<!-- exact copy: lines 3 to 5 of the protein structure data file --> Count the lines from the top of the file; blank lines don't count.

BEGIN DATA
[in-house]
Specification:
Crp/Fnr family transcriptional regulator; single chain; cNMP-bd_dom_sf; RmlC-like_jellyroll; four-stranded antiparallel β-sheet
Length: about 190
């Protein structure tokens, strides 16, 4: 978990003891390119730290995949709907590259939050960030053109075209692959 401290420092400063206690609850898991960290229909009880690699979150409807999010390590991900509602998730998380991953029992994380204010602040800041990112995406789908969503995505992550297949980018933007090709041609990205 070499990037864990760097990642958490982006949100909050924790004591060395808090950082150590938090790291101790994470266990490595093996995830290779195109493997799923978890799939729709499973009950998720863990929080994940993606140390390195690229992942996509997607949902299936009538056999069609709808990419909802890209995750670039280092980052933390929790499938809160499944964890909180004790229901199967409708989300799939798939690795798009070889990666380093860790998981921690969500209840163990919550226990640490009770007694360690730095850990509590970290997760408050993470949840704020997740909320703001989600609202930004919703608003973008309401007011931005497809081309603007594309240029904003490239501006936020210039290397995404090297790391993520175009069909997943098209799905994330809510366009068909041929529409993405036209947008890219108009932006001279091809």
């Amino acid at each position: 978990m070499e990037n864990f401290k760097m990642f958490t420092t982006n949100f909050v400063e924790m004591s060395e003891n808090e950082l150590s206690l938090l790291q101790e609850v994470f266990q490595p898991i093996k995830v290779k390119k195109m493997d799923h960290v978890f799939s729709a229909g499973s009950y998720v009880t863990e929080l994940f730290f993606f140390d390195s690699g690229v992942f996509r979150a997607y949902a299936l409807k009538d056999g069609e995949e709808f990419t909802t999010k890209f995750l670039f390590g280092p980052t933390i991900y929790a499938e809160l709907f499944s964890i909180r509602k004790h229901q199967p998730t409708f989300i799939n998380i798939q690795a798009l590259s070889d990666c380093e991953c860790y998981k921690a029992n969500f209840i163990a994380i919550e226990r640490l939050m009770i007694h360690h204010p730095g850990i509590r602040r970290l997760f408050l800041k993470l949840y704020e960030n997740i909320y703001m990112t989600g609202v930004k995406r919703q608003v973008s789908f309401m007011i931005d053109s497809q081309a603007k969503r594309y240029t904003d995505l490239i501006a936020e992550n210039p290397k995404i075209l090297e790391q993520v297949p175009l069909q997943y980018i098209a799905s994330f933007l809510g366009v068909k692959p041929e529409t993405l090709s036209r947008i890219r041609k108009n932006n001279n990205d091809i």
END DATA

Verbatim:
Crp/Fnr family transcriptional regulator; single chain; cNMP-bd_dom_sf; RmlC-like_jellyroll; four-stranded antiparallel β-sheet
Length: about 190
């Protein structure tokens, strides 16, 4: 978990003891390119730290995949709907590259939050960030053109075209692959 401290420092400063206690609850898991960290229909009880690699979150409807999010390590991900509602998730998380991953029992994380204010602040800041990112995406789908969503995505992550297949980018933007090709041609990205 070499990037864990760097990642958490982006949100909050924790004591060395808090950082150590938090790291101790994470266990490595093996995830290779195109493997799923978890799939729709499973009950998720863990929080994940993606140390390195690229992942996509997607949902299936009538056999069609709808990419909802890209995750670039280092980052933390929790499938809160499944964890909180004790229901199967409708989300799939798939690795798009070889990666380093860790998981921690969500209840163990919550226990640490009770007694360690730095850990509590970290997760408050993470949840704020997740909320703001989600609202930004919703608003973008309401007011931005497809081309603007594309240029904003490239501006936020210039290397995404090297790391993520175009069909997943098209799905994330809510366009068909041929529409993405036209947008890219108009932006001279091809």